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HomeFarming NewsDepartment extends equine census deadline due to ‘technical difficulties’
Catherina Cunnane
Catherina Cunnane
Catherina Cunnane hails from a sixth-generation drystock and specialised pedigree suckler enterprise in Co. Mayo. She currently holds the positions of editor and general manager at That's Farming, having joined the firm during its start-up phase in 2015.
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Department extends equine census deadline due to ‘technical difficulties’

The Department of Agriculture, Food and the Marine has extended the deadline for submitting equine census returns.

Minister Charlie McConalogue announced that Monday, January 17th, 2022 is the new closing date.

The move comes following “some technical difficulties” with the online system for submitting equine census returns.

The minister thanked horse keepers for the “high” level of engagement with the census so far.

The census aims to create an initial link between each equine in the state on census day and the premises where it is at that time.

The DAFM will create a profile of all equines present on a holding on that date on its AIM system, which houses the central equine database.

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The DAFM expects the formal linking of equines to their keepers will increase compliance with equine legislation.

This law places responsibility on the recorded keeper for ensuring the health and welfare of all animals in his/her care.

The minister highlighted the potential benefits of such a link in terms of managing an equine disease outbreak.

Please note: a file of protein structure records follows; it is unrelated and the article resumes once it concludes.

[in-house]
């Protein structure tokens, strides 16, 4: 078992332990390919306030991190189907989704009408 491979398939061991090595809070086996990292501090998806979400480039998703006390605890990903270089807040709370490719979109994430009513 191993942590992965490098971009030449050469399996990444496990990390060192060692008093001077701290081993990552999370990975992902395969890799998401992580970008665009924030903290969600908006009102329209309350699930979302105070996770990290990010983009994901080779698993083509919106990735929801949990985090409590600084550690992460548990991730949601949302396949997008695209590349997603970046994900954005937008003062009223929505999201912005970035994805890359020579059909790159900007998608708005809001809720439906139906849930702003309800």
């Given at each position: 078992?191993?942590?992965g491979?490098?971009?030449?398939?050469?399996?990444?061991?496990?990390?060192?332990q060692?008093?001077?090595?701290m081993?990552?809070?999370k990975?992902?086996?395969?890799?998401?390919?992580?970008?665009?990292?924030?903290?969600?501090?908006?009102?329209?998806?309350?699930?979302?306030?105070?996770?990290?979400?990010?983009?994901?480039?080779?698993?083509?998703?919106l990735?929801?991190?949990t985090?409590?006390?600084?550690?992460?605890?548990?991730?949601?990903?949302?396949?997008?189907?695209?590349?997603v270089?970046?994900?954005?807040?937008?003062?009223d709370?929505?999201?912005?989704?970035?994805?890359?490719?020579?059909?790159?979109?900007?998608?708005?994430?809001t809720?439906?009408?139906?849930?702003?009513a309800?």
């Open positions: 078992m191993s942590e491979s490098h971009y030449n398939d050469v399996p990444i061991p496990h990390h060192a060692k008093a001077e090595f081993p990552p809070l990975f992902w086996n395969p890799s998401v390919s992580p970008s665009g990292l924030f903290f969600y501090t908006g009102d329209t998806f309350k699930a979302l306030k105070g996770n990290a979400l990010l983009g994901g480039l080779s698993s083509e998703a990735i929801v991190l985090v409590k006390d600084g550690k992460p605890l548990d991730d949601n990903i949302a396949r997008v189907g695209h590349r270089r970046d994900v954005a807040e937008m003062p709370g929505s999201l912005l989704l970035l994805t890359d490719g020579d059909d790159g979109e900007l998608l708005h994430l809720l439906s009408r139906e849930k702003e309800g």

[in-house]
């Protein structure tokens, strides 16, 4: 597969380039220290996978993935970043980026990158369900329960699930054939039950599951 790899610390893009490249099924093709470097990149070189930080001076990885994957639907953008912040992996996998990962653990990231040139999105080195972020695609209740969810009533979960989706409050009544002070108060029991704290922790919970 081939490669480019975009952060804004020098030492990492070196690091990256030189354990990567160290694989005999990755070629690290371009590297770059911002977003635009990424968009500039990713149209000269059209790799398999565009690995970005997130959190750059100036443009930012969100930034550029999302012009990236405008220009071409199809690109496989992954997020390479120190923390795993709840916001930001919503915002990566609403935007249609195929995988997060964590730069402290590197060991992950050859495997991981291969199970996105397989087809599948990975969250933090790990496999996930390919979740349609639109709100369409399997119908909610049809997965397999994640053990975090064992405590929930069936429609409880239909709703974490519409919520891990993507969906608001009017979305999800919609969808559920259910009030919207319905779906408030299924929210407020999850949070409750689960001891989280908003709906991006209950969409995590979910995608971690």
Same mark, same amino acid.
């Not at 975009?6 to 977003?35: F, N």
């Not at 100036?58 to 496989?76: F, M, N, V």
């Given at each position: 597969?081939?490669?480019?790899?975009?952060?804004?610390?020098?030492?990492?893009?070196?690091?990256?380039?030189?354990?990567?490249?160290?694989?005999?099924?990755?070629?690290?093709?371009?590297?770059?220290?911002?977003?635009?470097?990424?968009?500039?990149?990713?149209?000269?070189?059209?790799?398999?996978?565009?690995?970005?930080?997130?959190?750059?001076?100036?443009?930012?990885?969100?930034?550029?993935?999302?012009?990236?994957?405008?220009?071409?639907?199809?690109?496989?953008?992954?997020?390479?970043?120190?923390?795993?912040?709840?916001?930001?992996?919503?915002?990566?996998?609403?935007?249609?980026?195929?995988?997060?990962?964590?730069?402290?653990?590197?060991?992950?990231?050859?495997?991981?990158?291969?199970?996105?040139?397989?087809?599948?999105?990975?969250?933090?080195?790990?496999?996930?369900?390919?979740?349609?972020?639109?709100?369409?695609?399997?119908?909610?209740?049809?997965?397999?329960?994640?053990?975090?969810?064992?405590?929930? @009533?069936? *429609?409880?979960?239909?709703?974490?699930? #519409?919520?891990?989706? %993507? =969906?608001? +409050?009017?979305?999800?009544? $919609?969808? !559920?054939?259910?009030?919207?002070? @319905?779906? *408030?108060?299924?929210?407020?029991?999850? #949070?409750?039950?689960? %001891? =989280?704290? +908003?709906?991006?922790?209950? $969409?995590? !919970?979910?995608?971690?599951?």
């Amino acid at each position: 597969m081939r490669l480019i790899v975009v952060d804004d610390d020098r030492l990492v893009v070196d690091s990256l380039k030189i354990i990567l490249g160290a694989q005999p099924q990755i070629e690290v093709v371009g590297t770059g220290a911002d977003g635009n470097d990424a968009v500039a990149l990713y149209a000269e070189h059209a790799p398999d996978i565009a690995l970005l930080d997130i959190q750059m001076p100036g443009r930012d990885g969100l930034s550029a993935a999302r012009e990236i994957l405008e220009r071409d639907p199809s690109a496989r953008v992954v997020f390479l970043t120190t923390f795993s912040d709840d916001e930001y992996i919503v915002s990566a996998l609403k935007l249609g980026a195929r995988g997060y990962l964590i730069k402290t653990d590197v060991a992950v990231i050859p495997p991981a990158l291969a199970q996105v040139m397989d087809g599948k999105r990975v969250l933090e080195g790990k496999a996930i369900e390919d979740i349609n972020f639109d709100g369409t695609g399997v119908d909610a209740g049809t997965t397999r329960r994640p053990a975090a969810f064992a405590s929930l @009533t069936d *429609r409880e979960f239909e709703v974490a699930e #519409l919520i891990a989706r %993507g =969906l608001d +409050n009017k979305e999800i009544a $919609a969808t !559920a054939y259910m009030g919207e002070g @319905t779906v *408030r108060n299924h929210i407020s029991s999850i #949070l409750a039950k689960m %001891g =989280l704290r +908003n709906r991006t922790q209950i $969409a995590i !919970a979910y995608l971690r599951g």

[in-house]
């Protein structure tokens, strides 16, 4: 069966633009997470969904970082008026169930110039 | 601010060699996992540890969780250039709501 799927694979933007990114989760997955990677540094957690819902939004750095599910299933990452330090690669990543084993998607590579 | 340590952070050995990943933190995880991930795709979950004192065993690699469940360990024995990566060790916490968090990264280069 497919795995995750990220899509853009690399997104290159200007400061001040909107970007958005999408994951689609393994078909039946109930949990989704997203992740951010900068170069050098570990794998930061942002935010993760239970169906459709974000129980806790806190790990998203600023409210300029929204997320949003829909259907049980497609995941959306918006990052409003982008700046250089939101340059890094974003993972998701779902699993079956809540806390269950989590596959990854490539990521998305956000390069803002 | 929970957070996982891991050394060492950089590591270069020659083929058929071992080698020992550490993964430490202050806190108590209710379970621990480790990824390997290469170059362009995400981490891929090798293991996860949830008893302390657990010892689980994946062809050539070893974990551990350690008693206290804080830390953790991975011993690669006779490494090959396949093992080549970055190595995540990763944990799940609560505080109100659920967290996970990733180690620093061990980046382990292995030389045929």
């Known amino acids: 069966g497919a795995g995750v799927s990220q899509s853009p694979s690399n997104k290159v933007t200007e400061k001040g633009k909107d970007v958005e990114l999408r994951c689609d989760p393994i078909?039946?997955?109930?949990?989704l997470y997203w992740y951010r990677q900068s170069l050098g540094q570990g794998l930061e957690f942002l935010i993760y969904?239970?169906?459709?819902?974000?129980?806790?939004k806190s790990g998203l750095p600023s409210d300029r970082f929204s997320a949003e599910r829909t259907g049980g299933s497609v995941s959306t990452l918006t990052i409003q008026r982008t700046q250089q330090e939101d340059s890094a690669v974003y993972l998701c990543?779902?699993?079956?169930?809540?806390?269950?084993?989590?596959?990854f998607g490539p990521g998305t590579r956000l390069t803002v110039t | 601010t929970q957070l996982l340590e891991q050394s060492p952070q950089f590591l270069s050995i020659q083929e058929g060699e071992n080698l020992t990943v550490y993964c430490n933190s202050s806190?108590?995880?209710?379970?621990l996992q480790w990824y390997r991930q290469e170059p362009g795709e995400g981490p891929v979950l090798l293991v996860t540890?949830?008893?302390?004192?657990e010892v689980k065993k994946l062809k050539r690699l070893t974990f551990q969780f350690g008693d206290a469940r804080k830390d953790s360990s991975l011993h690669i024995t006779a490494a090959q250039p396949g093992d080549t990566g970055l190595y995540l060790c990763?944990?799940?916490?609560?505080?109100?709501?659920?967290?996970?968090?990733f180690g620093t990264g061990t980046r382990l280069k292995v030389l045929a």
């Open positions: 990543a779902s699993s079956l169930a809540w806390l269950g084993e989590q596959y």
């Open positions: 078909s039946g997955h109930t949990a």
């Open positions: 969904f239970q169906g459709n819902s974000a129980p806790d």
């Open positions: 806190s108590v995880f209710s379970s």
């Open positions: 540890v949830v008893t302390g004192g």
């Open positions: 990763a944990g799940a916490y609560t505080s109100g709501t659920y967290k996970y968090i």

The census will provide important information:

  • In the event of an equine disease outbreak;
  • Addressing public health concerns;
  • Dealing with lost, straying or stolen horses.

Equine census deadline

In a statement on Friday, December 17th, 2021, the minister said:

“I regret that issues with our online system for submitting census returns has presented an obstacle to some equine keepers in attempting to make returns.”

“My department is working hard to resolve these issues, which will be fixed as a matter of urgency.”

“I would ask equine keepers for their patience while this fix is underway. In the meantime, anyone who was planning to submit a paper return should do so without delay,” the minister concluded.

In a statement, the DAFM said:

“Anyone keeping any equines on a premises that is not registered with the department for that purpose commits an offence.”

In this regard, all premises where equines are kept must register with DAFM for that purpose.

Furthermore, all equine keepers are responsible for ensuring that any equines in their care have a valid passport.

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